Today I was catching up on reading some of the blogs that I follow. This post by Leanne struck a chord, and so this post was born.
My name is Myfanwy. It’s relatively unusual, and I’ve grown to love it. It’s Welsh, and means ‘My fair one’ or ‘My little lovely one’. I’ve always been called by my full name, except by my very closest family, and they are the only ones who are allowed to shorten it!
So, why did the above post have such significance? Well, it brought back so many memories……
Let me just say that my name is easy to pronounce – it’s phonetic. It’s easy to pronounce if you speak Welsh, that is! It has three syllables with the emphasis on the second. MerVANwee. Easy! So why is it that some adults (notice, I didn’t say ‘children’) find it difficult?
Here are just some of the pronunciations and spellings I’ve seen.
The father of my best friend at nursery school was the first person to mispronounce it! He called me Mepanda for the whole of my childhood! Each time he said it, he apologised for the mispronunciation
I’m often called Myfawny, or Myfnawy, or Myfwany. A colleague of my DH used to call me Myfamily, the man over the road insists on saying Nethanwy. Several times I have been called My-fan-why? OK, I can see why that would be, and this is usually by a receptionist who hasn’t met me before. Sometimes people just look and say ‘M… M… M… oh I can’t say that’ and move on to the next person. The last time this happened was in the queue at the local election. I was really angry by his dismissive approach so I retaliated. (This is not normally in my nature). I didn’t move on but stood and held his gaze. He withered a little. I said ‘Can you say Penelope?’ Surprised, he muttered ‘Yes’. (My DH was beside me and I felt his hand on my elbow, hoping he could pass me down the line before I said anything else, after all, the line behind me was lengthening). I responded with ‘That’s very clever. Penelope has got 4 syllables. My name only has 3 so even you should be able to manage that.’ I made him say it 3 times. One of his female colleagues winked at me, and two ladies in the queue applauded.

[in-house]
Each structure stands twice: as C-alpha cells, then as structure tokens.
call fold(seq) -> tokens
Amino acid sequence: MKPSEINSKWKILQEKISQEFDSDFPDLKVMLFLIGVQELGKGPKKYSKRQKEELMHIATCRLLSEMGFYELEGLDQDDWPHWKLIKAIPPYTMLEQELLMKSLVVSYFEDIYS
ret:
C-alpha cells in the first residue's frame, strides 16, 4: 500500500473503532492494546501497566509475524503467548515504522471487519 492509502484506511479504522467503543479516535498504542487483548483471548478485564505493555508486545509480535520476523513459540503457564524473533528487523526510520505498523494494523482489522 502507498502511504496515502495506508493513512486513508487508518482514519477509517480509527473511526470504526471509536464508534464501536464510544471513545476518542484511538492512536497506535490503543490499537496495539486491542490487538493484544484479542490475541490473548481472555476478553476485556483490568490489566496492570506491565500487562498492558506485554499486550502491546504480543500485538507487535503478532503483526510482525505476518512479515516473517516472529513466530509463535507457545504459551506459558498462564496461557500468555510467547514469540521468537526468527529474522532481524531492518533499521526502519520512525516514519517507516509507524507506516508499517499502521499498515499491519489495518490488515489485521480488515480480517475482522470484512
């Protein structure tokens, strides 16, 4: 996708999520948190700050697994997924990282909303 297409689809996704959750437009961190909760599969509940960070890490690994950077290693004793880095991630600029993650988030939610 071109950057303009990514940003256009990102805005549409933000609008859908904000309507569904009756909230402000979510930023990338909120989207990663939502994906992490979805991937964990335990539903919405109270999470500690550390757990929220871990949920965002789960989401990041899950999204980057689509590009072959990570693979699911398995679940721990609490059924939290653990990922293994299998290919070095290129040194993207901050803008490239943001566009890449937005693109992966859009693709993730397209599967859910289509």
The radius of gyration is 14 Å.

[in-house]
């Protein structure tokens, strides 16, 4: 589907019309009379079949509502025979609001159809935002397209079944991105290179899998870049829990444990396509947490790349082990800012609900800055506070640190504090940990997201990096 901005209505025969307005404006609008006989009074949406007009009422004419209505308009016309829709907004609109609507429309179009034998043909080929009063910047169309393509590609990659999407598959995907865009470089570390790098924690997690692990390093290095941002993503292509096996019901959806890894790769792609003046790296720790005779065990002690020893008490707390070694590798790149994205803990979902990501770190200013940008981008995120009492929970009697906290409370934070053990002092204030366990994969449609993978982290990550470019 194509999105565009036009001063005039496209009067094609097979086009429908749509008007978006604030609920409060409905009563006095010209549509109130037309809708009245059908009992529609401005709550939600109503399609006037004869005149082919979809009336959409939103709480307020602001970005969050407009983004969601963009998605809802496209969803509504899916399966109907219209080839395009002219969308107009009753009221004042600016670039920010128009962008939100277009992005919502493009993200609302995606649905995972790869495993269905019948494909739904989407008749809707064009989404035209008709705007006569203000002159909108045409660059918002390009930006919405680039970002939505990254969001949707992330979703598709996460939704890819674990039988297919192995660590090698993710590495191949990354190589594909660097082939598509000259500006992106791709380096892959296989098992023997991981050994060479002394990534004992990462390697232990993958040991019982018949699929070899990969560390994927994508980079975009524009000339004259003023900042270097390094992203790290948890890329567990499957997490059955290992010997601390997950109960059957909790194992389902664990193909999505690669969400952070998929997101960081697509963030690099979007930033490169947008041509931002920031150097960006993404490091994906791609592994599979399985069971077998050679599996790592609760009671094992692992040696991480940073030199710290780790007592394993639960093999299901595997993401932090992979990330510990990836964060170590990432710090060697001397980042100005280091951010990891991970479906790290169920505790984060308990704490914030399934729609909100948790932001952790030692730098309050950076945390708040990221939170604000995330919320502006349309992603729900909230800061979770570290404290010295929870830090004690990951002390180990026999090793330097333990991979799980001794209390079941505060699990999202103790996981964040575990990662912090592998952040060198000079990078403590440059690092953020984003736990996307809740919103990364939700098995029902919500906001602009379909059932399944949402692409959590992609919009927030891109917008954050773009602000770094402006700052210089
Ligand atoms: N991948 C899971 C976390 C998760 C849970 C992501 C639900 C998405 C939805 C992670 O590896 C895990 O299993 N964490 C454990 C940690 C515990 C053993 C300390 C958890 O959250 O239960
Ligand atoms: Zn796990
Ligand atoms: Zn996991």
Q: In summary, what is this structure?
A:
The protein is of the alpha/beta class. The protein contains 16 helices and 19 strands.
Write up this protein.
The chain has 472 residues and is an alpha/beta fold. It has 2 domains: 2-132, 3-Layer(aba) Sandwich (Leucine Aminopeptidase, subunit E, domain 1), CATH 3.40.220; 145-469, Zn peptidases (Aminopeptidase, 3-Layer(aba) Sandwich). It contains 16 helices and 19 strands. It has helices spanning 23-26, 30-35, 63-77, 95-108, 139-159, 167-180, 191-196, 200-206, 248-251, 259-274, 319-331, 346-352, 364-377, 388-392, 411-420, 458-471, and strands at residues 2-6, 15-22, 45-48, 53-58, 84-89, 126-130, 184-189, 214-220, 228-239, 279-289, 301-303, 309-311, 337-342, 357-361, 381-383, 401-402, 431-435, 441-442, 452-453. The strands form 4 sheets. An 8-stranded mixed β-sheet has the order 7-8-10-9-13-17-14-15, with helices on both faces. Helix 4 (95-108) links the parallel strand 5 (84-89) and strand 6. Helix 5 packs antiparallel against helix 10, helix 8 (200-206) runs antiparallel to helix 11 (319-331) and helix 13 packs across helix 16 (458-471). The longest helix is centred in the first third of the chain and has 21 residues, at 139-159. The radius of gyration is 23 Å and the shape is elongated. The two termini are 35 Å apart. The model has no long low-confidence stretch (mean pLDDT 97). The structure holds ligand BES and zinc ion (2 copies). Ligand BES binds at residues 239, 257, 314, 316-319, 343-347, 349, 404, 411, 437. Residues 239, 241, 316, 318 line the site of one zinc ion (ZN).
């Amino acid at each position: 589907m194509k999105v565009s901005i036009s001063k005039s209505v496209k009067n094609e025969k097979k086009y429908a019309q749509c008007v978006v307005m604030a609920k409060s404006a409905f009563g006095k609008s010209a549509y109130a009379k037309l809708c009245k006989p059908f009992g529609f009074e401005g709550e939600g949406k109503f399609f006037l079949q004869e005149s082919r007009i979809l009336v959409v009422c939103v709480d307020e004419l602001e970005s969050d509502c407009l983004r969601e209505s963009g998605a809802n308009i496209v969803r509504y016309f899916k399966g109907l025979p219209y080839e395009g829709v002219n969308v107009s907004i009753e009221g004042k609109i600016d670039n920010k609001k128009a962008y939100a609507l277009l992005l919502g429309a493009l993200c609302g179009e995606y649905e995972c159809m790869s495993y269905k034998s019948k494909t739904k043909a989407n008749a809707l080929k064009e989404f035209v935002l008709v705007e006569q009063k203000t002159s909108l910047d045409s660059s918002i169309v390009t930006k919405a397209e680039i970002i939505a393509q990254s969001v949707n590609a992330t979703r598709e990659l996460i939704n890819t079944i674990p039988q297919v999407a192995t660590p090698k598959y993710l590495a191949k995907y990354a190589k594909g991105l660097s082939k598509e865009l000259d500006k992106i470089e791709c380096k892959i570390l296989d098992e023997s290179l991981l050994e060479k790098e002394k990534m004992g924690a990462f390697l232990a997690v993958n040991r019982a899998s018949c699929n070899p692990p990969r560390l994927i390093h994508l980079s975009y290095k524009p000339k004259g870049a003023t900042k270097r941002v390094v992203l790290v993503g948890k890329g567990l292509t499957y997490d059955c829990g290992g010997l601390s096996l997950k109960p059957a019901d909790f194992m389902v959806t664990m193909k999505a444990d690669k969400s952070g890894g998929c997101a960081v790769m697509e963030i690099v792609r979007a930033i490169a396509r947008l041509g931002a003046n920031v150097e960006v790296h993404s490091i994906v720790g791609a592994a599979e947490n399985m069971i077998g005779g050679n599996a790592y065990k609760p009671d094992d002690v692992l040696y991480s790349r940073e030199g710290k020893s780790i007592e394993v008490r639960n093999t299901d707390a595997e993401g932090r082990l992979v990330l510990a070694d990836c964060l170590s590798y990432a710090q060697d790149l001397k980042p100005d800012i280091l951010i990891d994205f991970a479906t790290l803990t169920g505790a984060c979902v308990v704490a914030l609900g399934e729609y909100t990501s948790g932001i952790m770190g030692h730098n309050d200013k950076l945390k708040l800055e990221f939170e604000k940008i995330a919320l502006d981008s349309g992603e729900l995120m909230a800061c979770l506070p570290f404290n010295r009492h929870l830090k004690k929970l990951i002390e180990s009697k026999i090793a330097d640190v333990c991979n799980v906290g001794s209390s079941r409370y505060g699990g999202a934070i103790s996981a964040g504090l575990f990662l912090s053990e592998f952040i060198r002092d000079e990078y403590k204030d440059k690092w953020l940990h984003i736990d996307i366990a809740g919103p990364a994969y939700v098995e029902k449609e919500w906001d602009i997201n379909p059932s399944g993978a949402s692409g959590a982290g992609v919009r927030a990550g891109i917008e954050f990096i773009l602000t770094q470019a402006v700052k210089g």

I met my husband when we worked together. Everyone in the office had a coffee mug with their name written on it – mine finished where it started. As all the letters were capital letters it was impossible to tell which one was the first. He spent the first three weeks trying to work out what my name was – eventually he plucked up the courage to ask. I love my name, it’s been such fun. When I was born it was expected that I would always be brought up in Wales. It didn’t work out like that, and that was when the fun began. There aren’t many of us out there – I’ve only met two others, and one lives around the corner! How many Myfanwy’s do you know? Please leave a comment below.